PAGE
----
Audience and artist are inseparable.  The creative process is only complete when this communication occurs.  Artists, both great and small, often assert that audience response means nothing to them, that they create for their own reasons and couldn’t care less whether they are “appreciated” by an audience or not.  There is certainly truth to the fact that serious artists must satisfy inner criteria that may or may not be grasped by those who experience their work;  serious artistic creativity requires a degree of independence from an audience’s immediate reaction.  But this does not negate the importance of audience; it only refines the relationship.  Creativity is not — or at least should not be — a popularity contest. but it still matters that the artist’s work reaches someone sometime.  Funny cat videos on YouTube will surely always top the number of people who listen to a Philip Glass symphony in its entirety, but Glass’ symphony must still be heard, even if only by a small number of aficionados, for its creative impact to mean anything.

 

Much amateur artistic creativity is essentially an extension of this concept of audience.  My appreciation of the great alto saxophonist Charlie Parker becomes still more intense as I try to play his tunes.  My relationship to his work deepens by my personal involvement in listening and trying to understand what he is playing.  In a band or ensemble often it’s only the band-members who are audience for each other.  It matters whether people are listening to each other in very much the same way as it matters as it matters whether people in a museum are looking or are just passing through.  By listening intently, by striving to acquire artistic skills, by communicating with others, artists, at whatever level, unleash their creative energy.

 

The drive to create does not stem from the teacher, but from the student.  Teachers only activate this impulse by striking the right chord at the right time in students growth processes.   The teacher’s own creative need is to find that right chord, to find the piece of learning that will make the student more able to realize their own creative potential.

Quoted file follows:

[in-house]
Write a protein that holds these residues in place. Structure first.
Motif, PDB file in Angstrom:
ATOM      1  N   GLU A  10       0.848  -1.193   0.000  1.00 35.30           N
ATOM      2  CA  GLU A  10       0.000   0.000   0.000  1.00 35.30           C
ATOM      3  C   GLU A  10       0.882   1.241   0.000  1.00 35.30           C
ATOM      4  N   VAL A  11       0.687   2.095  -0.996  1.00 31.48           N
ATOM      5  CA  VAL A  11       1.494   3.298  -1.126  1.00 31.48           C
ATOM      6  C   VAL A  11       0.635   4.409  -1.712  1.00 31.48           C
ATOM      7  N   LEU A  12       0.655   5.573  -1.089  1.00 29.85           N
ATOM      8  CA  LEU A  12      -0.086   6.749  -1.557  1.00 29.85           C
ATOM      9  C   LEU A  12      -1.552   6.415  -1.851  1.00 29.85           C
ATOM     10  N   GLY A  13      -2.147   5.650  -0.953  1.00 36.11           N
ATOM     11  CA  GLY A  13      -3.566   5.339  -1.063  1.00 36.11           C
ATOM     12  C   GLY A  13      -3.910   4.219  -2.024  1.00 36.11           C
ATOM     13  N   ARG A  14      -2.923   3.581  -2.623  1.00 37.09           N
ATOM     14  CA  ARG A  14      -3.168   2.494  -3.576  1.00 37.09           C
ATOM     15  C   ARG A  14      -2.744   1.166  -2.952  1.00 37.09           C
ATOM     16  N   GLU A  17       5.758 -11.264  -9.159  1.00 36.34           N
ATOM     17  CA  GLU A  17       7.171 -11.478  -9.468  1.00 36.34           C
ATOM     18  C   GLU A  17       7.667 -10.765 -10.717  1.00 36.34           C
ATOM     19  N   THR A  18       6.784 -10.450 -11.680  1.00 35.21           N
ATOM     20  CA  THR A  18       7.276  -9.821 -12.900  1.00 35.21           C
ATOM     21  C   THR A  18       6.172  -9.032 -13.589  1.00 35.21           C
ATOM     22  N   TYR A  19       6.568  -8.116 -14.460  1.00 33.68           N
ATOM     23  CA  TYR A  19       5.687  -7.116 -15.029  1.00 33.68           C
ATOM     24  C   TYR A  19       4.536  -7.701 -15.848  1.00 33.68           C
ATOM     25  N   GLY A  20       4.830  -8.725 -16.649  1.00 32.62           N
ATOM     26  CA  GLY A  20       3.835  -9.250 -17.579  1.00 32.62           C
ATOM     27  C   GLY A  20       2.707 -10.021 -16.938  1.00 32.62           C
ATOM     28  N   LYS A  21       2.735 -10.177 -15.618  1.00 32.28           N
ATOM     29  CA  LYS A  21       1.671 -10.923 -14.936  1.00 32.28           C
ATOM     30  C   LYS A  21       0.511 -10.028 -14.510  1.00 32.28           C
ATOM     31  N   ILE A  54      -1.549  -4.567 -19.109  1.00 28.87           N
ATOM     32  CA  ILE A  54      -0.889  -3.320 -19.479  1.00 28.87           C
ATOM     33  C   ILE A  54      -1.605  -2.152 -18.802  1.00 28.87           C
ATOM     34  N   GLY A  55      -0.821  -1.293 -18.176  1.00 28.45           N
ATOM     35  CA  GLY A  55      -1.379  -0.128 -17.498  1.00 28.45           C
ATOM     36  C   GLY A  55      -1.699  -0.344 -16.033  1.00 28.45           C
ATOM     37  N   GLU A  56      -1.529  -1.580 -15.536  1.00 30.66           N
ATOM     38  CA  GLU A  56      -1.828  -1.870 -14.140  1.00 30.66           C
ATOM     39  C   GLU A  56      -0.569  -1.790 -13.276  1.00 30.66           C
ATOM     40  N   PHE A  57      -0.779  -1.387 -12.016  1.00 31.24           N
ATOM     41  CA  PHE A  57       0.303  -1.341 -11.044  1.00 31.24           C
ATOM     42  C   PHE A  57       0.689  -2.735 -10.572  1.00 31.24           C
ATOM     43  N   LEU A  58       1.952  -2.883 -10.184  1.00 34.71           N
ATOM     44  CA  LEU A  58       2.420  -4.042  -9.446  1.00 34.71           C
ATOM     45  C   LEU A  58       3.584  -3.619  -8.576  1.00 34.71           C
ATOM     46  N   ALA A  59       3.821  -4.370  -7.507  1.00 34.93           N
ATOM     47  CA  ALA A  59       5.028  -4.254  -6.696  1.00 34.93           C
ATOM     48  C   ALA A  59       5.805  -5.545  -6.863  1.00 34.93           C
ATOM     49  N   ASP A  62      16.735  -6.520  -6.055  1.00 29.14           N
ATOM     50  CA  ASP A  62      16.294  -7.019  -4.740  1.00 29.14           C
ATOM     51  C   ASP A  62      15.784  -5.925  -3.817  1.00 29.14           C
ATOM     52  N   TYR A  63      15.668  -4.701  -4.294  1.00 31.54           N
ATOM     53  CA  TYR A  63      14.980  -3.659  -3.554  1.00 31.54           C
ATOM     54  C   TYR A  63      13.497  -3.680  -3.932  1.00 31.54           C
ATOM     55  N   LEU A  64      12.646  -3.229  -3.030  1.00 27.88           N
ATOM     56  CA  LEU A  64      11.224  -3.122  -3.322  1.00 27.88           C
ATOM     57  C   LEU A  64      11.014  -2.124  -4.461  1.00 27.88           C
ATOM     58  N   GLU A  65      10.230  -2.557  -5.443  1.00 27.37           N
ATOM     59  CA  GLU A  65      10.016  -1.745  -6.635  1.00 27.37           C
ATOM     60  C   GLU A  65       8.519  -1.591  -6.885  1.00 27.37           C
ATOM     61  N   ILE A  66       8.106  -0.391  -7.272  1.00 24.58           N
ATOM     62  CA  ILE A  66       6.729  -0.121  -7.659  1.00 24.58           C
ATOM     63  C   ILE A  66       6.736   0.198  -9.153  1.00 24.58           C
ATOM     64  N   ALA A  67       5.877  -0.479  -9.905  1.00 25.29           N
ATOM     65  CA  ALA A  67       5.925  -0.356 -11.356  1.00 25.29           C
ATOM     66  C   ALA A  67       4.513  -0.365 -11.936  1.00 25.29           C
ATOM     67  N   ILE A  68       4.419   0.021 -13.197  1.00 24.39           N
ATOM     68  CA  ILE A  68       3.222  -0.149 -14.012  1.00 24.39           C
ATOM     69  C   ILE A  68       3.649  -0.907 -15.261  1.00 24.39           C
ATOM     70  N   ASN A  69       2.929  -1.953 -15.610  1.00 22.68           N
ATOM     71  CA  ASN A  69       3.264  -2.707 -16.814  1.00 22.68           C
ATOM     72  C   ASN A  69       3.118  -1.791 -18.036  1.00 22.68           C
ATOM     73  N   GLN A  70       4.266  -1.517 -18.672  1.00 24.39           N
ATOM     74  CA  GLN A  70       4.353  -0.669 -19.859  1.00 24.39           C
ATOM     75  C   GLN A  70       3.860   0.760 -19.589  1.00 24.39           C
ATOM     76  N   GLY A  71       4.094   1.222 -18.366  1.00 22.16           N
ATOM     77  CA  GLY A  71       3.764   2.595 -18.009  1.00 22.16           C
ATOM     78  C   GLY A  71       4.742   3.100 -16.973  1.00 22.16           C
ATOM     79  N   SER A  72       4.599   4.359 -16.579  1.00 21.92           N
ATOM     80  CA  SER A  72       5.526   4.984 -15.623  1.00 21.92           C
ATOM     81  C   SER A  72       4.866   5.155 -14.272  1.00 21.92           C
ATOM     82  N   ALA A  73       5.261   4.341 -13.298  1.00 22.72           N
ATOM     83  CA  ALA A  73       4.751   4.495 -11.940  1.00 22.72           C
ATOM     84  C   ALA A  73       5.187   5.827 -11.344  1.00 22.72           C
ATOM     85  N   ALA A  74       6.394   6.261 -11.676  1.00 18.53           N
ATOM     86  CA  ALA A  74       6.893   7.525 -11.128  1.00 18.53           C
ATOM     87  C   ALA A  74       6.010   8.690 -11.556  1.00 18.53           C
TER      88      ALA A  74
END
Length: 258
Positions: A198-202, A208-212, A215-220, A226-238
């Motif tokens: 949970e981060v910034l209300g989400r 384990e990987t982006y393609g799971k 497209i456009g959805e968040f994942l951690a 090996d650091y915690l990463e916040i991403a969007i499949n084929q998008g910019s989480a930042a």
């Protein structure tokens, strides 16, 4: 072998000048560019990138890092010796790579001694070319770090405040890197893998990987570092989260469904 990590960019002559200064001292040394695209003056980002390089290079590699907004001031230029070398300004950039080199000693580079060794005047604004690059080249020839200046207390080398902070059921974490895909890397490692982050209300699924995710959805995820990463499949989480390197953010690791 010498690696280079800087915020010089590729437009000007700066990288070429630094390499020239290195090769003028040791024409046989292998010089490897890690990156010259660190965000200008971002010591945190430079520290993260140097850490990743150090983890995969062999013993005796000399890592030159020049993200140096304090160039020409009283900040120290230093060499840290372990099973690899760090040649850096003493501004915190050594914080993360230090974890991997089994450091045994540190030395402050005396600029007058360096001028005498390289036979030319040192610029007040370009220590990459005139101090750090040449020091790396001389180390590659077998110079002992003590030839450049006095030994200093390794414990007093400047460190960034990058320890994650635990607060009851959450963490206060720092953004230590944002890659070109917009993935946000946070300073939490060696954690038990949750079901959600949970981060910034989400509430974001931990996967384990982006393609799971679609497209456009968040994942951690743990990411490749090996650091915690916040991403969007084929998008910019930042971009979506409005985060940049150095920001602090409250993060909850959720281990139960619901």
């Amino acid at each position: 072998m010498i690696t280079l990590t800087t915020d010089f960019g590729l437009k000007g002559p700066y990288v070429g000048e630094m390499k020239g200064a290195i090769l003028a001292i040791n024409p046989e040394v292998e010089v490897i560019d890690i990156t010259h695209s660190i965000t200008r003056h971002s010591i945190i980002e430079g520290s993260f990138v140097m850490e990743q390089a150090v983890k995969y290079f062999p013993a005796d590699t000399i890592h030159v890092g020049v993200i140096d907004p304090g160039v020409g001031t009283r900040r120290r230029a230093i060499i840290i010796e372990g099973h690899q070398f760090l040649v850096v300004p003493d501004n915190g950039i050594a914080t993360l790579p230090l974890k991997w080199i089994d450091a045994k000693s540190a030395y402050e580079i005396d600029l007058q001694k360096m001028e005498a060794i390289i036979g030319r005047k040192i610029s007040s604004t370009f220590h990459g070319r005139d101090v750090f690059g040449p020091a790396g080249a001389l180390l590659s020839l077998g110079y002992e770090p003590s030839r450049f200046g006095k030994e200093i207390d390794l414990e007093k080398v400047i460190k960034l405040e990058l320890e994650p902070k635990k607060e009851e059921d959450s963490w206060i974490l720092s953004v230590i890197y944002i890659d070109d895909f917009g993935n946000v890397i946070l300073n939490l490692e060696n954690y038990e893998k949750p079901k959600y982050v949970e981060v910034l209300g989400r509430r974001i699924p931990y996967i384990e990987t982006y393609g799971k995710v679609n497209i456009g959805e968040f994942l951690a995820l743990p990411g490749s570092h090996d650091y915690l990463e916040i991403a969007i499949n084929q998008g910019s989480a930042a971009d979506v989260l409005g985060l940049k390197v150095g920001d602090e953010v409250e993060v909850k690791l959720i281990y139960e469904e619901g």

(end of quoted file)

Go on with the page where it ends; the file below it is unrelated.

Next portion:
When the teachers fail to see, however, that the starting point of the drive is in the student, not the teacher, they will often overvalue their standard-setting and goal-reinforcement.

 

Several things go wrong when a teacher over-reaches in this way.  The teacher’s own ego is now the primary focus, not the student’s learning process.  This frequently leads to a teacher having expectations that are beyond their students’ current capacity to learn.  I have been shocked by how common it is for teachers to feel compelled to show just how much more they know than their students.  The vast majority of students do not have the slightest question that their teacher is competent in the areas they’re teaching.

Many teachers will often ramble on about topics that are far beyond their students’ ability to absorb usefully.  Without realizing it, these teachers discourage their students, who may increasingly feel that they will never become even “adequate” at their art.